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Government, oil companies agree on next steps


Glad. (L-R) Tullow’s Jimmy Mugerwa, Total’s Loic Laurandel and CNOOC’s Xiao Zongwei at the press conference. (Photo: Beatrice Ongode)

The Uganda government today officially announced it has signed a Memorandum of Understanding (MoU) with the oil companies after agreeing on how the country’s oil resources will be extracted, transported and refined.

Speaking at a press conference in Kampala, Energy Minister Irene Muloni, described the development as a “significant step for Uganda” which is eager to start raking in oil revenues.

“Ugandans are keen to benefit from this resource,” she said. “We want to use the revenues accruing from petroleum for infrastructure development, expand electricity both in capacity and access, make sure the roads are motorable, there is clean water for drinking and production, schools and hospitals are up and well facilitated.”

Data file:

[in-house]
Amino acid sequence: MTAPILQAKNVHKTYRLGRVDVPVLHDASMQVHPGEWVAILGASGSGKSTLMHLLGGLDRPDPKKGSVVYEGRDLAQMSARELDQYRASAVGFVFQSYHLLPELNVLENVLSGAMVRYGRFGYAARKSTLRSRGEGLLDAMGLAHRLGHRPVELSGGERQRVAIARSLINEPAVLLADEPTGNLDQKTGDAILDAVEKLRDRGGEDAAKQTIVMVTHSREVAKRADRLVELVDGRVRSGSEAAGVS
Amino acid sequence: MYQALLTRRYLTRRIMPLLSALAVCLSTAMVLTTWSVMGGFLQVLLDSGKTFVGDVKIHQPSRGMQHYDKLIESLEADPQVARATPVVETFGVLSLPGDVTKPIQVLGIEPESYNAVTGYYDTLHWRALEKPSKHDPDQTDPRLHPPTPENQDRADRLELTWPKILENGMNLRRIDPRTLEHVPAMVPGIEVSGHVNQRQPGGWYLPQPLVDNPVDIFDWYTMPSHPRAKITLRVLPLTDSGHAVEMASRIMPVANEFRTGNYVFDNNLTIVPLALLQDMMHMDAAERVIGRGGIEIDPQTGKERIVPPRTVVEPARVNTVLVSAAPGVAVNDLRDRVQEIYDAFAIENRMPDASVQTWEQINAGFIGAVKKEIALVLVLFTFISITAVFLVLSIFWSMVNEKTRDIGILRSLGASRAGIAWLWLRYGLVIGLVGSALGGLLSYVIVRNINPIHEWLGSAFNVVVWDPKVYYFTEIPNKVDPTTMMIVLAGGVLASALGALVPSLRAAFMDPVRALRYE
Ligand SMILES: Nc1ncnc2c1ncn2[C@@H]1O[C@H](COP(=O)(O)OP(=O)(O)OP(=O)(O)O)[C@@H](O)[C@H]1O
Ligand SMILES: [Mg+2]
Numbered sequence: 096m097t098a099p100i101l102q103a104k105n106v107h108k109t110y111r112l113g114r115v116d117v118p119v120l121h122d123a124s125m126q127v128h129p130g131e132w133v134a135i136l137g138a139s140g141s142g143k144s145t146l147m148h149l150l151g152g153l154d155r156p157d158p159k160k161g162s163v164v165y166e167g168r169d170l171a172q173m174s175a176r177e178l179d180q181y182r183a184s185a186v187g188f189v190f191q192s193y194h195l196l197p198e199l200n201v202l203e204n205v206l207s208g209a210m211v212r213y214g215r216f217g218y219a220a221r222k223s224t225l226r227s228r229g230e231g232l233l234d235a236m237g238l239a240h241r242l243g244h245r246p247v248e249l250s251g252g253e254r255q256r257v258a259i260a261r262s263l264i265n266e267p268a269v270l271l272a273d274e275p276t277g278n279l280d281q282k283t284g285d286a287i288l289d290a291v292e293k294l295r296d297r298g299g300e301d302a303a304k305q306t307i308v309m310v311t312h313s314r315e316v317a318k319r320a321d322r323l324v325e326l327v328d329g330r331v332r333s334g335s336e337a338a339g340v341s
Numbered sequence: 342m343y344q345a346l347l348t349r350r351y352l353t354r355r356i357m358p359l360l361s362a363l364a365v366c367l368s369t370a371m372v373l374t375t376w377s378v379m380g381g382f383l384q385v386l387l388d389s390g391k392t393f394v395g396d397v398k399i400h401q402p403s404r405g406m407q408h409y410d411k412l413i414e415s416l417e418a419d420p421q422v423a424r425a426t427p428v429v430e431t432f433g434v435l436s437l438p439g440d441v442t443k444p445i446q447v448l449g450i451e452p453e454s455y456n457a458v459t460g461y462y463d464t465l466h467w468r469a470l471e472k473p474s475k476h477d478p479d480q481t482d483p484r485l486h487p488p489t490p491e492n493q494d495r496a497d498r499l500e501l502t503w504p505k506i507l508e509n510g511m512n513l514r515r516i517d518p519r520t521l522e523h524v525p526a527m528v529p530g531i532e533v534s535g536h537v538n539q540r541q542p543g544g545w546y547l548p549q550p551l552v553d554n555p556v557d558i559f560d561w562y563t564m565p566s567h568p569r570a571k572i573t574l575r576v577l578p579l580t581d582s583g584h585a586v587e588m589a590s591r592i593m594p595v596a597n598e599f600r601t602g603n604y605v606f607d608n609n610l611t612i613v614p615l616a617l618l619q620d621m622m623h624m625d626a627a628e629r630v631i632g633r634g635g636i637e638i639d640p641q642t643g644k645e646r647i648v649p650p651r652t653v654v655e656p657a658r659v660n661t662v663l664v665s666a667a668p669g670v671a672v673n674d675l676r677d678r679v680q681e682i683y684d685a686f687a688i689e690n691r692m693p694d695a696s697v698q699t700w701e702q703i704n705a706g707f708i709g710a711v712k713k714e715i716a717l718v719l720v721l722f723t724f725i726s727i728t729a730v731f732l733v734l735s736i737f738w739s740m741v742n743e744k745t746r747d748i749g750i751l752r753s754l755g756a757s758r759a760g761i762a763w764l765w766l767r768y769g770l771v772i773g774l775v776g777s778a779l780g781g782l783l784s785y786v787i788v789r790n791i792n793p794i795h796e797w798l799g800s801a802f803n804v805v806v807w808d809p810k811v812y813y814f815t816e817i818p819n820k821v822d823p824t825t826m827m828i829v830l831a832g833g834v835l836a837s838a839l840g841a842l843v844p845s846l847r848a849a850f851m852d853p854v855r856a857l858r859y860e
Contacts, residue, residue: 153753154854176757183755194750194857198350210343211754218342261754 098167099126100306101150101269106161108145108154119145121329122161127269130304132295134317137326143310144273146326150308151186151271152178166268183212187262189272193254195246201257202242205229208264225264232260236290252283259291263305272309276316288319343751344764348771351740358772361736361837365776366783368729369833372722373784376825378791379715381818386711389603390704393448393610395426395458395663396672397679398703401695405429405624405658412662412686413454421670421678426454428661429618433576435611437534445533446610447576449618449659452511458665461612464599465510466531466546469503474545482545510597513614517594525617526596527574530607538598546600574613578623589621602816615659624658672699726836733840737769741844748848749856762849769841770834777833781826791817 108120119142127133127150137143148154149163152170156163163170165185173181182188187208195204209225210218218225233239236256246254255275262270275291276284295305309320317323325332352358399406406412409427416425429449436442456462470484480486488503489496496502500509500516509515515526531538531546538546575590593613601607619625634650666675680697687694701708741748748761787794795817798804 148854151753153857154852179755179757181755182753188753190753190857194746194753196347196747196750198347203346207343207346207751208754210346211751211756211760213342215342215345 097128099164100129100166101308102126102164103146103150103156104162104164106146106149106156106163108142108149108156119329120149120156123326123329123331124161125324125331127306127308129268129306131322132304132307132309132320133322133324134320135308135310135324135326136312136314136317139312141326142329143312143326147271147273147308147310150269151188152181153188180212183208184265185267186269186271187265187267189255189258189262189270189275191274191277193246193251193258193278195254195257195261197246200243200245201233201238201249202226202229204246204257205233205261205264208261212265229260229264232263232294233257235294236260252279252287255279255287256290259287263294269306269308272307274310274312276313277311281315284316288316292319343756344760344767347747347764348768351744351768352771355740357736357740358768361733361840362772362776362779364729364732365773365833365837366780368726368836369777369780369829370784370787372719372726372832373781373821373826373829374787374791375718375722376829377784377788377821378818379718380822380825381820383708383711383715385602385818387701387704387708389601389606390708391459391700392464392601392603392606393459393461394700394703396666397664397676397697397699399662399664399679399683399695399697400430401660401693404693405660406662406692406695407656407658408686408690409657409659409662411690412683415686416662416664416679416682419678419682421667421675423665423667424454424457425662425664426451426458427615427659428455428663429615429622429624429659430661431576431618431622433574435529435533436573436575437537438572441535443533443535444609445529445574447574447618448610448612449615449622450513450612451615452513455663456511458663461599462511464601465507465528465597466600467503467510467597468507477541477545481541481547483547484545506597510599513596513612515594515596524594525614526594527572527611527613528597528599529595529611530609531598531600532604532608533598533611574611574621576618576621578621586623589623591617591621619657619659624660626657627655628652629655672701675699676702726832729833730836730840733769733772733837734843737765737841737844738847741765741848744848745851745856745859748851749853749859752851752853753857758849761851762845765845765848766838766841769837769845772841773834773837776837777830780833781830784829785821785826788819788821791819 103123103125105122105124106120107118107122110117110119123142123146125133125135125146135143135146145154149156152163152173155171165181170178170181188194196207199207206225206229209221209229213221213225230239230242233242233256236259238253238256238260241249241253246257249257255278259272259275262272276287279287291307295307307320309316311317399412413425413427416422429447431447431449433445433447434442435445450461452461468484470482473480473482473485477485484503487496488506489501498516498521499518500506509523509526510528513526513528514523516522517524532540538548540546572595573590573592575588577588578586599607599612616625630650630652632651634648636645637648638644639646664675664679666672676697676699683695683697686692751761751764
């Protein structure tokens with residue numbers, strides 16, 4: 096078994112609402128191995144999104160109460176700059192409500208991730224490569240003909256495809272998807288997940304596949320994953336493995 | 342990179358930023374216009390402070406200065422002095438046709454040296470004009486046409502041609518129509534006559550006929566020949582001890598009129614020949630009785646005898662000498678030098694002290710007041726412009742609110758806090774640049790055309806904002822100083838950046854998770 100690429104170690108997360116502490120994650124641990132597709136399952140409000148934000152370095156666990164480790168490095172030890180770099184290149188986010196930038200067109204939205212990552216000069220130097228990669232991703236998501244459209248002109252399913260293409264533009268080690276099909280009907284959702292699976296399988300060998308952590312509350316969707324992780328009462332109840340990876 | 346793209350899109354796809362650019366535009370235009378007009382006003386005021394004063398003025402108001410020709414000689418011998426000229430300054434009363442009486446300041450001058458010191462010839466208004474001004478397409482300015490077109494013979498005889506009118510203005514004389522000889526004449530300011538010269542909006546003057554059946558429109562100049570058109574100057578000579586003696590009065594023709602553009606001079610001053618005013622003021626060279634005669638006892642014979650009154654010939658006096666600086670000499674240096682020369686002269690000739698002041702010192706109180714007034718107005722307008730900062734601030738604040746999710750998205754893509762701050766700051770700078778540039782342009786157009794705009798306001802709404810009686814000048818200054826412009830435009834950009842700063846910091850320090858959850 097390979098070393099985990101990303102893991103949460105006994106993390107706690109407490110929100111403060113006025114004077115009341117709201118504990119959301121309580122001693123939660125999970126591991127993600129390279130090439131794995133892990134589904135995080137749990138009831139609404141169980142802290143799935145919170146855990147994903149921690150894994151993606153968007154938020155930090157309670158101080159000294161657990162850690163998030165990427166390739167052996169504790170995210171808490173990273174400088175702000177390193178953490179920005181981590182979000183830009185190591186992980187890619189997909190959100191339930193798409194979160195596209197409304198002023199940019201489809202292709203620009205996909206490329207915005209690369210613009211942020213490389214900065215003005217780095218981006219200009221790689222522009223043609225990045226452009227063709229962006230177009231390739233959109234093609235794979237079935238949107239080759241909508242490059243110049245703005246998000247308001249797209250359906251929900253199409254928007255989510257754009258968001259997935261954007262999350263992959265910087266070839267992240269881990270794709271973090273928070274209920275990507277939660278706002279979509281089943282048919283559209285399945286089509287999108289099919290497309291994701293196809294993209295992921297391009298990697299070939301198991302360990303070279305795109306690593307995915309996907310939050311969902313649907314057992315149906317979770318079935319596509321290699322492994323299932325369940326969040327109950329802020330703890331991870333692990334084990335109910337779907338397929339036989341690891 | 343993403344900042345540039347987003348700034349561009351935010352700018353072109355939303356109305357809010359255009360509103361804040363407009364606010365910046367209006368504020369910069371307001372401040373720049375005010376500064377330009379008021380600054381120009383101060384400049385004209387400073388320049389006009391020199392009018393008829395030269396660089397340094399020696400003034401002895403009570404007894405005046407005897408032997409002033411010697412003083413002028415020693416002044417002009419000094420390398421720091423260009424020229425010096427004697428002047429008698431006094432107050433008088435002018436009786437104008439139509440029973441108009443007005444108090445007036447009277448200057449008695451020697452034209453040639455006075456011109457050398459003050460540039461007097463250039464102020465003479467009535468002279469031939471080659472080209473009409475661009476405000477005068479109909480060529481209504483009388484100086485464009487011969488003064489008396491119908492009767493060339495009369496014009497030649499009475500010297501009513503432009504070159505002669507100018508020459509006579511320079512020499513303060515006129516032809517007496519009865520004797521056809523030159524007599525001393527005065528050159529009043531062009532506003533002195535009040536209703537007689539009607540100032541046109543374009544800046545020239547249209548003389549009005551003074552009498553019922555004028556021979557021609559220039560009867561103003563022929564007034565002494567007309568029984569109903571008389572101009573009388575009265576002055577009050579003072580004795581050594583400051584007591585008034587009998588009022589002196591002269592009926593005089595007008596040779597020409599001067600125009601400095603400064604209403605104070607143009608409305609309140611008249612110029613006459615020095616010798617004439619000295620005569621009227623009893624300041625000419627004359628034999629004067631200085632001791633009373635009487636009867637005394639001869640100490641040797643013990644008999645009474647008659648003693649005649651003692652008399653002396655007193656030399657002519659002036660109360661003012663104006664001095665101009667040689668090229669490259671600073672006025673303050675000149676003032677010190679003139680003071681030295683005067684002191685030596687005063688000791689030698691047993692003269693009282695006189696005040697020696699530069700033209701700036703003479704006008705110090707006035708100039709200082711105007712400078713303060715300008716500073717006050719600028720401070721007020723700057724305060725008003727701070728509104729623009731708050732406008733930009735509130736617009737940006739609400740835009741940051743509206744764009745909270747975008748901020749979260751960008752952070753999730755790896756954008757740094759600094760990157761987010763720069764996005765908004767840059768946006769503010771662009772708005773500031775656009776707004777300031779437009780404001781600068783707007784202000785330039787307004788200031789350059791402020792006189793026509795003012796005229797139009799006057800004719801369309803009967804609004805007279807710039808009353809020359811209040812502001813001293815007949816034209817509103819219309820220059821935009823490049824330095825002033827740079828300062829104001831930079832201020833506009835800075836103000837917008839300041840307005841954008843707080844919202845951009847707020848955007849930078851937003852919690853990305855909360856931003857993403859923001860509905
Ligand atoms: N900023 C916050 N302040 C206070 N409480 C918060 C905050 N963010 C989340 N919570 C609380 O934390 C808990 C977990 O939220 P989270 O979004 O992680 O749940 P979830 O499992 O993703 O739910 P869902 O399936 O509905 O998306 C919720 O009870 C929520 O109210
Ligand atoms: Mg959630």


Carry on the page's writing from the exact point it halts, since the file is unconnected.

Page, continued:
Protracted negotiations

This announcement follows protracted negotiations between government and the oil companies which, according to industry insiders, has been a cause of frustration for the companies.

But Tullow’s General Manager, Jimmy Mugerwa, dispelled rumours that his company had considered withdrawing from Uganda due to the slow progress of the negotiations.

“We are not exiting Uganda and that is a rumour that has no basis,” he said.

An upbeat Muloni added that the country’s known crude oil reserves are increasing as more appraisals are done and more discoveries are expected. “A lot more petroleum has been discovered,” she revealed.  “The processes of appraising other fields and looking at the field development plans are still ongoing.”

According to government, first oil is expected at the end of 2015 while the refinery will be in place by the end of 2017.

Report by Beatrice Ongode